Our team at the Gorilla Rehabilitation and Conservation Education (GRACE) Center is heartbroken over the loss of orphan mountain gorilla Maisha who died last week at Senkwekwe Center in Virunga National Park. Maisha was the oldest of five orphans living at Senkwekwe, which is the world’s only sanctuary for mountain gorillas.
GRACE partner Gorilla Doctors oversees the veterinary care at Senkwekwe, and Co-Director Dr. Mike Cranfield stated, “We’ve worked very closely with the carers at the Senkwekwe Centre to try and get Maisha well. Unfortunately, after bringing in experts, we could not come up with a conclusive diagnosis and after a very long illness, her health issues got the better of her and we lost her.”
After Maisha’s condition began to worsen in May, GRACE sent Animal Care Manager Dalmas Kakule Syangeha and Caregiver Evariste Katsongo to Virunga at the request of Gorilla Doctors and Senkwekwe Center to assist with Maisha’s treatment, which included tests under anesthesia, medication, dietary adjustments and supplementation, behavioral enrichment, and around-the-clock care. Yet despite a large team effort, Maisha continued to decline and eventually succumbed to her undiagnosed condition.
Three-year-old Maisha was captured from the wild in 2004 and held by poachers for weeks before she was rescued in a sting operation by wildlife authorities. They discovered her in a malnourished state inside a cave and tied up in a bag. Orphaned gorillas are fragile and survival rates tend to be low, yet Maisha somehow managed to survive her ordeal. She was nursed back to health in Rwanda by the Dian Fossey Gorilla Fund International and Gorilla Doctors. There, she lived together with another mountain gorilla orphan as well as orphaned Grauer’s gorillas. In 2010, Maisha was transferred to D.R. Congo to the newly built Senkwekwe Center in Virunga National Park, and her Grauer’s gorilla playmates were later transferred to GRACE in 2011.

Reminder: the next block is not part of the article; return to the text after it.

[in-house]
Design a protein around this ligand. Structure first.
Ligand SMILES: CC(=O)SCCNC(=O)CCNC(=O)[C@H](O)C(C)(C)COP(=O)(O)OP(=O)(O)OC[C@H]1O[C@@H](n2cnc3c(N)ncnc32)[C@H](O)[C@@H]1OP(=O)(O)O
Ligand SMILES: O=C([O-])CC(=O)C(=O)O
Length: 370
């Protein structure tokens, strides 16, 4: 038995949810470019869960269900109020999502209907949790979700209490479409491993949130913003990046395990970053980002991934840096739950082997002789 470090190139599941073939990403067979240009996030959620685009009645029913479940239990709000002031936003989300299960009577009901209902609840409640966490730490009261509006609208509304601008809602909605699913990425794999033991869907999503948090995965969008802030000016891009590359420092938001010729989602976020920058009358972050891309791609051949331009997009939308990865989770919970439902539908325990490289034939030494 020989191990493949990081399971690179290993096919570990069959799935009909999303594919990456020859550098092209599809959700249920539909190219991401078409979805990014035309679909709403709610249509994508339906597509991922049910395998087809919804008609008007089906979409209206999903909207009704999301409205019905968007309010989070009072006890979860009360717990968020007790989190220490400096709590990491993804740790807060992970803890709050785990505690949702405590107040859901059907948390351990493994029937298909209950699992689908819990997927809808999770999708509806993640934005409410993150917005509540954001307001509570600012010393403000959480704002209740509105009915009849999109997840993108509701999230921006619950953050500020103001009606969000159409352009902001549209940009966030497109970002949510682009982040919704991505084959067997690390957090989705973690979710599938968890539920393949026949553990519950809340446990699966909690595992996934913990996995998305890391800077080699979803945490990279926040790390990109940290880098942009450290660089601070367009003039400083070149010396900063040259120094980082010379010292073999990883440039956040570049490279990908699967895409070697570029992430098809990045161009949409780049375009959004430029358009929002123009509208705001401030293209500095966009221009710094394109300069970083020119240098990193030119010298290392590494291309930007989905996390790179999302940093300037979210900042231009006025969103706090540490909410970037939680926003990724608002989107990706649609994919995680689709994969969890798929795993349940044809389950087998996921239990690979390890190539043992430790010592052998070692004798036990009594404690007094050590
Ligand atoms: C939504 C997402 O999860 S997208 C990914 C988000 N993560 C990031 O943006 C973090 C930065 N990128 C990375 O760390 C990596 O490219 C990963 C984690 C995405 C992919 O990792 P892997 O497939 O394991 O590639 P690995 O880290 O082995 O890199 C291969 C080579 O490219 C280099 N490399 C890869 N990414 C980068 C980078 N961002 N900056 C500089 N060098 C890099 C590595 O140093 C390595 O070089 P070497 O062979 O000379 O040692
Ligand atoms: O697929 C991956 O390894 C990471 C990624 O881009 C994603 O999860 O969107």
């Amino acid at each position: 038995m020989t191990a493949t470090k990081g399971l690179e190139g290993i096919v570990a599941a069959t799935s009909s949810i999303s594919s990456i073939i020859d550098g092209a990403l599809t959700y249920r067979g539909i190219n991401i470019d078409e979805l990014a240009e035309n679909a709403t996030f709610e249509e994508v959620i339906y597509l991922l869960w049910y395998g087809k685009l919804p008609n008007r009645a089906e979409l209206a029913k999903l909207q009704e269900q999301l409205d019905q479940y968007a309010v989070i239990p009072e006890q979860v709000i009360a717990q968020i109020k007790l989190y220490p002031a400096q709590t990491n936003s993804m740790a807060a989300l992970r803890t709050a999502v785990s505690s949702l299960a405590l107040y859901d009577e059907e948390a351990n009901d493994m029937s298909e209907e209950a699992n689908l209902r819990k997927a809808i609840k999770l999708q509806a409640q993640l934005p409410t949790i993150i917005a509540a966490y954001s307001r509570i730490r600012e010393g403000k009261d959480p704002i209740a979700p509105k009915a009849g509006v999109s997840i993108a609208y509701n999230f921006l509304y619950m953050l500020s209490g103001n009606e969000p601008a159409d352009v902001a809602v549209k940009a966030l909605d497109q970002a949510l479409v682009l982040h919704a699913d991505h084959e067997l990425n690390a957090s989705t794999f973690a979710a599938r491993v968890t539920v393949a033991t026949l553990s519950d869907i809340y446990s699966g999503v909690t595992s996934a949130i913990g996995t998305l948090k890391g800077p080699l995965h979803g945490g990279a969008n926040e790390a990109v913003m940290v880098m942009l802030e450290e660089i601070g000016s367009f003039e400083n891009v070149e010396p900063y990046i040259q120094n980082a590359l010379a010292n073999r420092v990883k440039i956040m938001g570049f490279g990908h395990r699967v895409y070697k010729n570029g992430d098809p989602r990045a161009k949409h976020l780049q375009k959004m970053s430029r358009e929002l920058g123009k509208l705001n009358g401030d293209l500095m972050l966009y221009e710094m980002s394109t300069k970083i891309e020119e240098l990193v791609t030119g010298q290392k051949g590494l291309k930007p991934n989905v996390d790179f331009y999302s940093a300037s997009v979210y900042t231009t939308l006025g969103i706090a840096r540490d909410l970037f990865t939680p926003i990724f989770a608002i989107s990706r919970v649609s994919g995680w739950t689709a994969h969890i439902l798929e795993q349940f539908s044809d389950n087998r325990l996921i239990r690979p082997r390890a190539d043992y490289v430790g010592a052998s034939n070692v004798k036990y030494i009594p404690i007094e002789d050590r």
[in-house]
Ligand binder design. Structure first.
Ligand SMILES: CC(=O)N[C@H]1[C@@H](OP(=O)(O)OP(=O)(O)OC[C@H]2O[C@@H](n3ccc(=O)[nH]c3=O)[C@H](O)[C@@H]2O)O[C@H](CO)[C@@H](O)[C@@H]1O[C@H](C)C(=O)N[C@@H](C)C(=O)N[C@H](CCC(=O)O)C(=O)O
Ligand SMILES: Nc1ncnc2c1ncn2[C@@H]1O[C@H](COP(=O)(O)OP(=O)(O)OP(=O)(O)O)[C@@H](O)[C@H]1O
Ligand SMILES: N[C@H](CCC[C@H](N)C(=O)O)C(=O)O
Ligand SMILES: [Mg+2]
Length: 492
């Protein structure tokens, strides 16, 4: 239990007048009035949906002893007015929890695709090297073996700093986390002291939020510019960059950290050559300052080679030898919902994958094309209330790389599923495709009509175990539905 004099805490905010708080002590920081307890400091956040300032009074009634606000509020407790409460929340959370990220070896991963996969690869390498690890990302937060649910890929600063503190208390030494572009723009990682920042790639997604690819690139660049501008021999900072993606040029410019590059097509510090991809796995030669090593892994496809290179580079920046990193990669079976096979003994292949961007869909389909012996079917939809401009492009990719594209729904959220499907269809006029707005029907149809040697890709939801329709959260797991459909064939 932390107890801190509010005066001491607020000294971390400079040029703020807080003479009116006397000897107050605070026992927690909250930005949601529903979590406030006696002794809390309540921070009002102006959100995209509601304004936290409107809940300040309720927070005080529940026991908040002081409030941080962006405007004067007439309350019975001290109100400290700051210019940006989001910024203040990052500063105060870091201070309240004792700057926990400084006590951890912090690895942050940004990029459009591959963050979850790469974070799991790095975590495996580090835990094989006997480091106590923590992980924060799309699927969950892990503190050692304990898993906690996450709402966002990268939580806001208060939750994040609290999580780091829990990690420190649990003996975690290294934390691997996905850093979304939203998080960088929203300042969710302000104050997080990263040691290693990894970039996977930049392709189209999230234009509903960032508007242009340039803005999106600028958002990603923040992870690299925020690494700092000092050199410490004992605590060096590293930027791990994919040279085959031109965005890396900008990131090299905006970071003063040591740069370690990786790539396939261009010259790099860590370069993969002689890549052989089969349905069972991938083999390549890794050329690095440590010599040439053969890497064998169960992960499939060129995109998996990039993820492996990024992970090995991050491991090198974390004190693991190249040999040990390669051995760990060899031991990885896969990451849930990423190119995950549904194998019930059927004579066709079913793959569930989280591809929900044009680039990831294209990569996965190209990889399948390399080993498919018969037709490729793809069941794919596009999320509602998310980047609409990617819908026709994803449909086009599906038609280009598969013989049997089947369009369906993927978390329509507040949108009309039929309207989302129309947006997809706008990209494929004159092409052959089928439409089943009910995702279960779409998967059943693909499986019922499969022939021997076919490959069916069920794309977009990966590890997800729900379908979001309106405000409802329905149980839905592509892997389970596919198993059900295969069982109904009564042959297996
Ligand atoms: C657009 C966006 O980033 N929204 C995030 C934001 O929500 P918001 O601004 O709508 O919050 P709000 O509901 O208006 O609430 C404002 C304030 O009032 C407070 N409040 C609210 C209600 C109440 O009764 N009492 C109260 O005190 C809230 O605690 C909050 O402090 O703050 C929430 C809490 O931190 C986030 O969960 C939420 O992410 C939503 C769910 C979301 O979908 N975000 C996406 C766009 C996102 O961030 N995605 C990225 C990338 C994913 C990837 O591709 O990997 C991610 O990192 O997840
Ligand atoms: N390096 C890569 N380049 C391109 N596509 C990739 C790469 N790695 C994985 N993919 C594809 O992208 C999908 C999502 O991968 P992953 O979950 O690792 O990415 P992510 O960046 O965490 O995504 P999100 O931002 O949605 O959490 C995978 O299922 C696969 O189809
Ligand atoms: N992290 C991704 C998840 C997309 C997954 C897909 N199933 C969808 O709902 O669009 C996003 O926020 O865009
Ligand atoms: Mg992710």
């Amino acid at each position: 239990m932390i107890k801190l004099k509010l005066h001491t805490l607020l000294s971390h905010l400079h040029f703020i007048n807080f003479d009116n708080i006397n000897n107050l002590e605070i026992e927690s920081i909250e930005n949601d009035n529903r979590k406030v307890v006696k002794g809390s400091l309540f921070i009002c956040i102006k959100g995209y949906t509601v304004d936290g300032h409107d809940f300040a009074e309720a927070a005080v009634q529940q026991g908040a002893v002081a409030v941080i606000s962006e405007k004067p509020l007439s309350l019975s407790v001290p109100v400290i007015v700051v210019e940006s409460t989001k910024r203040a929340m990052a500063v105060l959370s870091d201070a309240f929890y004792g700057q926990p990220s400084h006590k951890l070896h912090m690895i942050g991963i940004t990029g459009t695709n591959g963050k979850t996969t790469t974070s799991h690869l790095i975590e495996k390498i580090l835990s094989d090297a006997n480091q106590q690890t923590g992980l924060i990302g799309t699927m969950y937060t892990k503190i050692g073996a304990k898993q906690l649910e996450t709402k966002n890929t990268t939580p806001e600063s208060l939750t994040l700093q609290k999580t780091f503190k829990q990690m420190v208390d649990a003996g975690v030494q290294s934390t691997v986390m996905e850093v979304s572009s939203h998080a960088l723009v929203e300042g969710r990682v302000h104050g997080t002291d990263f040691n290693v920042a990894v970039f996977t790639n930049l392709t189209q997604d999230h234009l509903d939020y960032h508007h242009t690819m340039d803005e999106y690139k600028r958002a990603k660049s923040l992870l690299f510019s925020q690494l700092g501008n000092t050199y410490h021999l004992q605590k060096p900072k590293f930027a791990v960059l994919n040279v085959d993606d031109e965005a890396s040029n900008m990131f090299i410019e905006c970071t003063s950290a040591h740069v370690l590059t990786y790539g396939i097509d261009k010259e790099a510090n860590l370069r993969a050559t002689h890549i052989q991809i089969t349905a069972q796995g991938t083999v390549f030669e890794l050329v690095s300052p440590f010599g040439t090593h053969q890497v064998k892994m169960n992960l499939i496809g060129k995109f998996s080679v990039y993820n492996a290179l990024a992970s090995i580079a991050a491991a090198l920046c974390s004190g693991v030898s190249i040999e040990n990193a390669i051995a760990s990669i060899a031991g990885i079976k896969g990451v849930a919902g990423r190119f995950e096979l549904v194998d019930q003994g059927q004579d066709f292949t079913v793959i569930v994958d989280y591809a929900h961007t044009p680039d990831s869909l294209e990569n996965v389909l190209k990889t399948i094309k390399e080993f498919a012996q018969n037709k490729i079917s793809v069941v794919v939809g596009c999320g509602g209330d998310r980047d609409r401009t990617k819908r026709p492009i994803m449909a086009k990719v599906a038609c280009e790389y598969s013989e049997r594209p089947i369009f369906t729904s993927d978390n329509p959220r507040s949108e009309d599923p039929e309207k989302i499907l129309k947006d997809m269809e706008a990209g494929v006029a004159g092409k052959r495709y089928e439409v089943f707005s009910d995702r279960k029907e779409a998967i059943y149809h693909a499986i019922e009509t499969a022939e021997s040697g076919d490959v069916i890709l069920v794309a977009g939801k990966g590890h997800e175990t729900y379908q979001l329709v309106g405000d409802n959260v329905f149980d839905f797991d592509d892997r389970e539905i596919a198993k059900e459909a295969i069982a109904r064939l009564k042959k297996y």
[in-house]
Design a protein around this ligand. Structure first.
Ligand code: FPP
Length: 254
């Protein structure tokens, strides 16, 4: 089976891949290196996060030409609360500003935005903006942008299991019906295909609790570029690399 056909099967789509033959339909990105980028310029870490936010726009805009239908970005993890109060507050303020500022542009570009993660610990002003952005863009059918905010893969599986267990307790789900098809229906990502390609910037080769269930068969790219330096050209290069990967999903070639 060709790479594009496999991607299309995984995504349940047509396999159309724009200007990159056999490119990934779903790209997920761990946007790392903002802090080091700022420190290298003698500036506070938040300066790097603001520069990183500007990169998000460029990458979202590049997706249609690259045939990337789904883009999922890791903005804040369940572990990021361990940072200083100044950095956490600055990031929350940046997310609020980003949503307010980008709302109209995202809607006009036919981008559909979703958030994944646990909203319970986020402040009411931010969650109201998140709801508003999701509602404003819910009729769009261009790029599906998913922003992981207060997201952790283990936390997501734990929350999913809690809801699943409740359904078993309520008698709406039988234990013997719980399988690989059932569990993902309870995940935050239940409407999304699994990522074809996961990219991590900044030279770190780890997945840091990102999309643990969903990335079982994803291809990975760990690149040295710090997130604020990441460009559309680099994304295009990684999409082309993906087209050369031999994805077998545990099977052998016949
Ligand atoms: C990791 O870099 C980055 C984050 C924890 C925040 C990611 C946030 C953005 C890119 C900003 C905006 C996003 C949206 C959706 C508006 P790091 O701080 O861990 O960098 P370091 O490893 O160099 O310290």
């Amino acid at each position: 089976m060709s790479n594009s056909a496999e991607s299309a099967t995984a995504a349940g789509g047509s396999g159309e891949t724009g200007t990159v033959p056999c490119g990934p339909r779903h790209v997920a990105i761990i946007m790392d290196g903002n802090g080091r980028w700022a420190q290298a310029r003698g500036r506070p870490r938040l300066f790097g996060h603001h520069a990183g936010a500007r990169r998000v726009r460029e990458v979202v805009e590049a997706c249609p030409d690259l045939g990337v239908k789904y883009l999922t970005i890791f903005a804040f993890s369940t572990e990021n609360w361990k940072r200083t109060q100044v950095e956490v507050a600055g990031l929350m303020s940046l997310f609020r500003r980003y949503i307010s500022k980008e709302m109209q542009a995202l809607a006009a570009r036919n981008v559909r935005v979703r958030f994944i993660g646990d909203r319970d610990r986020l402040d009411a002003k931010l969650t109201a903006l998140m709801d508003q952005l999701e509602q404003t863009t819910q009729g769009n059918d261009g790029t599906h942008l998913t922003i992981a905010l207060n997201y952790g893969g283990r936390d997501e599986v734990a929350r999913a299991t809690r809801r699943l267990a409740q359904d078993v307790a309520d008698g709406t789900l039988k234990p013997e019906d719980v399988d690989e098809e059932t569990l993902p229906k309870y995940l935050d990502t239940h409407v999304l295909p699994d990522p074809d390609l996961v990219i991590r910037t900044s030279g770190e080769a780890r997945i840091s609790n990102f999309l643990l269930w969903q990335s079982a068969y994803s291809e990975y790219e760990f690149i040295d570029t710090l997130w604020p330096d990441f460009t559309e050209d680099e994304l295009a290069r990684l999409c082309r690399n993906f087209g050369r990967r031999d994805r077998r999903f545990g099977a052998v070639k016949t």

Maisha was known for her love of food, intellect, and leadership. GRACE’s Kakule and Katsongo remembered, “Maisha was courageous, calm, smart and the leader of the group…To any problem she established order, even when she was in bad health.”
Visiting Senkwekwe Center is a popular activity among Virunga’s many tourists, and Maisha’s story also raised awareness about the conservation crisis facing D. R. Congo’s gorillas in the 2015 Academy Award nominated documentary, Virunga. She was also instrumental in prompting the creation of the country’s first sanctuaries for orphaned gorillas. “Maisha had been through such an ordeal and still hung on. Her survival story was so compelling that it was a call to action to help the orphans”, said Dr. Tammie Bettinger, GRACE Advisor and Animal Operations Director at Disney’s Animal Kingdom, an early partner in the creation of GRACE. “The 18 gorillas at Senkwekwe and GRACE that today have a second chance are the legacy that Maisha leaves behind.”
We will do our best to carry on this legacy. Rest in peace, Maisha.
Gorilla Rehabilitation and Conservation Education (GRACE) Center – GRACE was founded in 2009 and is the only facility in the world dedicated to providing in situ rehabilitative care for Grauer’s gorillas orphaned by poaching with the ultimate goal of returning gorillas to the wild. GRACE works with local communities, through education and other outreach programs, to help ensure the long-term survival of wild gorilla populations. Grauer’s gorillas only live in eastern Democratic Republic of Congo and have lost 77% of their population in the past 20 years due to poaching. They are Critically Endangered and considered to be one of the 25 most endangered primates in the world. For more information about GRACE, please visit us at www.gracegorillas.org, watch our video, and follow us on social media (Facebook: GRACE4gorillas and Twitter: @GRACEgorillas). Click here to help.